HomeKit Weekly: HomeKit or not to HomeKit, that is the question

Home » HomeKit Weekly: HomeKit or not to HomeKit, that is the question
Philips Hue Matter support delayed; slicker performance promised

One of the biggest challenges with a smart home is knowing…when you’ve gone too far with your gear purchases and your home is so heavily tied to a smart home platform that without access to Wi-Fi, your home is fundamentally useless. For this week’s edition of HomeKit Weekly, I want to explain how I’ve tackled this problem and how to know when too much HomeKit is just too much.

HomeKit Weekly is a series focused on smart home accessories, automation tips and tricks, and everything to do with Apple’s smart home framework.

HomePods are a must

With HomeKit, I consider one of the essential aspects to be the ability to access it without needing a device. Especially for light automations, needing to pull out an iPhone or an Apple Watch to control them is a party foul in my opinion. Access via Siri is table stakes, and therefore a HomePod should be in each of the rooms of your house that have smart lights like the Philips Hue or other HomeKit light bulbs. With lighting, I try to envision how someone who’s not me will interact with them. Can a babysitter use them? Can my kids use them? I love HomeKit bulbs, and they are part of any modern HomeKit home, but I believe they need at least a HomePod mini to be accessible and usable in such a way that it’s more convenient than finding a light switch or manually turning on a lamp.

No response = throw it out

If you’re a HomeKit user, you may have experienced frustrating moments when your smart devices suddenly stop responding and throw up the dreaded “no response” error in the Home app. It’s without a doubt the single worst thing about HomeKit. Why does it happen? Is it the device’s fault? Is it a Wi-Fi issue? Will a firmware upgrade fix it? I’ve set an internal mental note that if a device has to be rebooted more than a handful of times over the course of a few weeks, I’ll check for a firmware update. If one isn’t available, I’ll throw the device out. It’s in these situations where any time and mental savings of home automations are not worth the frustration.

Where am I doing the same thing that could be automated?

When I notice that I am continually doing the same thing over and over again, I look to automation to take that mental exercise off my plate. Here’s a good example: I continually turn on the same lamp first thing in the morning as we’re getting ready for school/work. That’s a prime operation to automate. I can take either a HomeKit bulb or a HomeKit outlet and automate that process. I can use a HomeKit motion sensor to build an automation that says “when this sensor detects motion after 5:00 AM, turn on this light.” I could also use simple, time-based automation to turn on that light at a pre-set time in the morning. HomeKit is flexible enough to allow for custom schedules where weekends look different than weekdays.

HomeKit Air Purifier

Another example is with HomeKit air purifiers. This is a prime example of when a product becomes somewhat self-sustaining. These products include built-in air quality sensors, so HomeKit automations can be used to have the products automatically turn themselves on when air quality dips below a certain threshold to clean up the air and then turn themselves back off. Outside of needing to change the air filters, it becomes an automation you virtually never have to think about again.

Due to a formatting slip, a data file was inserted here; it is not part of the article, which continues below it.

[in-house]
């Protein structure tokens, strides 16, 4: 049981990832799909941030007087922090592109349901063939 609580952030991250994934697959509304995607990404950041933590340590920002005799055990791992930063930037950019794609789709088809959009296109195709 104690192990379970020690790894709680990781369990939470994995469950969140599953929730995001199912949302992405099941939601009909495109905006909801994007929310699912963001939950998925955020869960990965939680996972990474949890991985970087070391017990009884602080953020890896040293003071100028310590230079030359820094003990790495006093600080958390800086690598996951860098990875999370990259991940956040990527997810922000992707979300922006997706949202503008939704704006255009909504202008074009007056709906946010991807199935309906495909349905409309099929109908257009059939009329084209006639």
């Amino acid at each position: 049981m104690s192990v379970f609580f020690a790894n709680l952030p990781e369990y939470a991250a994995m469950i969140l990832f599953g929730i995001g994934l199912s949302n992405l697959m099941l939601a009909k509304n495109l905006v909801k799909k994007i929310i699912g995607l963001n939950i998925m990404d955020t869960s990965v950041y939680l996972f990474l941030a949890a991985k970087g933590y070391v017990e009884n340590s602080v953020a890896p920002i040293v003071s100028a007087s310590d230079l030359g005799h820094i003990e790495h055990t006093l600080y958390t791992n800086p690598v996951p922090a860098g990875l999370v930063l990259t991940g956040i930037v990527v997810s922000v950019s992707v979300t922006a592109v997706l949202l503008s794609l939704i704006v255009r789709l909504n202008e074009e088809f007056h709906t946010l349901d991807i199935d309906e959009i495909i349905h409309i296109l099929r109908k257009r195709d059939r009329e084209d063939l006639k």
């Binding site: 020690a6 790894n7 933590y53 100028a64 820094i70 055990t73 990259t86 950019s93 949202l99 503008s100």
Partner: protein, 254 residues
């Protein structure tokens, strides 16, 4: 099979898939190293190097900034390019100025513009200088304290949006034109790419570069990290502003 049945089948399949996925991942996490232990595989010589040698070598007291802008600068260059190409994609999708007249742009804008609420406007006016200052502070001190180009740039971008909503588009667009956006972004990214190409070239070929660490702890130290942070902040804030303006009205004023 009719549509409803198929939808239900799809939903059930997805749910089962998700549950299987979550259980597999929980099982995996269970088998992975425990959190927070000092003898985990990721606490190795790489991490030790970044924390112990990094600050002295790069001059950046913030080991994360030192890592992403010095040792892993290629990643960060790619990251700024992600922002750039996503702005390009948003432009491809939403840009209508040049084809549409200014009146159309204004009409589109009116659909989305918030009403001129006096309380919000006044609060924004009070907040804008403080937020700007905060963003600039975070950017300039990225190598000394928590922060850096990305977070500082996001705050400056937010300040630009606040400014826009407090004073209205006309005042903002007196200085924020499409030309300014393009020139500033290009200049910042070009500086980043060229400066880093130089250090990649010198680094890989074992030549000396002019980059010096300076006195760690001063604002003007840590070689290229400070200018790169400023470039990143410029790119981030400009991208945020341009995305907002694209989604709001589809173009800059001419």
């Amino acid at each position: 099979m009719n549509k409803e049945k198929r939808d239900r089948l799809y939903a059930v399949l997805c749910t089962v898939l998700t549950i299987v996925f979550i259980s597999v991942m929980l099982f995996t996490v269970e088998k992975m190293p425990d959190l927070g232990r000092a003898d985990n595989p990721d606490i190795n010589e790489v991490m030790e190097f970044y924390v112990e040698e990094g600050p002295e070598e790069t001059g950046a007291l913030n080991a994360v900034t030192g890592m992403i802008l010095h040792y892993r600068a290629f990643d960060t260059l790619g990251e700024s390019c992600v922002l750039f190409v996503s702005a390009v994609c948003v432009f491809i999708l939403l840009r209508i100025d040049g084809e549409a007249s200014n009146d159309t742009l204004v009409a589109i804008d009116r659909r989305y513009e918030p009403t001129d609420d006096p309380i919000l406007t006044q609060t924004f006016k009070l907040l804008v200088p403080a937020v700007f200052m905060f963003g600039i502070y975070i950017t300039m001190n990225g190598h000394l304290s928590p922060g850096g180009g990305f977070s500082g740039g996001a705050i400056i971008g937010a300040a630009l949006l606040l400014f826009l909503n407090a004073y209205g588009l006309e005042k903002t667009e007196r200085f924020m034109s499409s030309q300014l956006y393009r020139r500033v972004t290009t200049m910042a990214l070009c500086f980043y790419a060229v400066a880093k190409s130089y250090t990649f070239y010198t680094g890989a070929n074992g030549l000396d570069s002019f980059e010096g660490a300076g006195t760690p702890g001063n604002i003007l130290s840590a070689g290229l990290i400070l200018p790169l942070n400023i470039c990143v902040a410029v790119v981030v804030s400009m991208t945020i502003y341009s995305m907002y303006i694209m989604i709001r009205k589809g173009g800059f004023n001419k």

HomeKeys are now a must-have

HomeKit Door Lock

After long ignoring the concept of HomeKey, I am now firmly in the camp of believing HomeKey is a must-have for a proper HomeKit home. While I love the location-based automations of HomeKit locks like the August Lock, after spending a few months with HomeKey, I can’t go back. After thinking through the “why” in terms of HomeKey being something I’ve fallen in love with, I’ve come up with this: It’s an effortless way to interact with my home without feeling like it’s yet another app to manage. I walk up, tap my phone on my lock, and it unlocks. It’s the closest thing to the simplicity of an analog experience that I’ve come to with smart homes. If you think about it, it’s a “digital” key, Yes, I realize the name “HomeKey” should have clued me into that concept, but think about the idea of an “analog” key. It’s a unique tool to unlock a door that requires you to be in front of it. HomeKey bridges the analog world to the digital world.

Wrap up: TL;DR

There’s a tendency to want to automate everything with your home when you get started with HomeKit. There have been products that I’ve installed in certain rooms of my home that I’ve later gone back to and put analog versions back in their place. Whether it’s for reliability or ease of use, there’s a balance between where you should automate and where you should lean on simplicity.

When considering what kind of products will “spark joy” for your HomeKit experience, consider places where you’re doing the same thing over and over again (turning on lights, setting the temperature, managing air purifiers, etc) and think through what a HomeKit automation for those situations might look like. For me, automating lights in our living room with a quality dimming experience is HomeKit perfection. If you’re just getting started, consider picking up a Philips Hue starter kit.

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